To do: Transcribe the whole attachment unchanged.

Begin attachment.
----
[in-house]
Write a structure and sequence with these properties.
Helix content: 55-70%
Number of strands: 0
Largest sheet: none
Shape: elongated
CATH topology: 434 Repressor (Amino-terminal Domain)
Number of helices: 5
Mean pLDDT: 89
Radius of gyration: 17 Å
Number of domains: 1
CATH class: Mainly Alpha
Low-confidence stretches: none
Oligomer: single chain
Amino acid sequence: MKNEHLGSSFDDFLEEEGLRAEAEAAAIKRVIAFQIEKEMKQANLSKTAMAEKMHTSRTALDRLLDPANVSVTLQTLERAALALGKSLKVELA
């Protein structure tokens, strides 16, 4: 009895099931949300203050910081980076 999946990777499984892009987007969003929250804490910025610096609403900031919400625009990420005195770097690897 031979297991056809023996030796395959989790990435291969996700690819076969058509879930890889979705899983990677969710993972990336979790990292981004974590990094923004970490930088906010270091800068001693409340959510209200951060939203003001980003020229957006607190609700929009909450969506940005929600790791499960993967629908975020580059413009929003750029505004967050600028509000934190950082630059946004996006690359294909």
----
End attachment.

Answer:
[in-house]
Write a structure and sequence with these properties.
Helix content: 55-70%
Number of strands: 0
Largest sheet: none
Shape: elongated
CATH topology: 434 Repressor (Amino-terminal Domain)
Number of helices: 5
Mean pLDDT: 89
Radius of gyration: 17 Å
Number of domains: 1
CATH class: Mainly Alpha
Low-confidence stretches: none
Oligomer: single chain
Amino acid sequence: MKNEHLGSSFDDFLEEEGLRAEAEAAAIKRVIAFQIEKEMKQANLSKTAMAEKMHTSRTALDRLLDPANVSVTLQTLERAALALGKSLKVELA
């Protein structure tokens, strides 16, 4: 009895099931949300203050910081980076 999946990777499984892009987007969003929250804490910025610096609403900031919400625009990420005195770097690897 031979297991056809023996030796395959989790990435291969996700690819076969058509879930890889979705899983990677969710993972990336979790990292981004974590990094923004970490930088906010270091800068001693409340959510209200951060939203003001980003020229957006607190609700929009909450969506940005929600790791499960993967629908975020580059413009929003750029505004967050600028509000934190950082630059946004996006690359294909």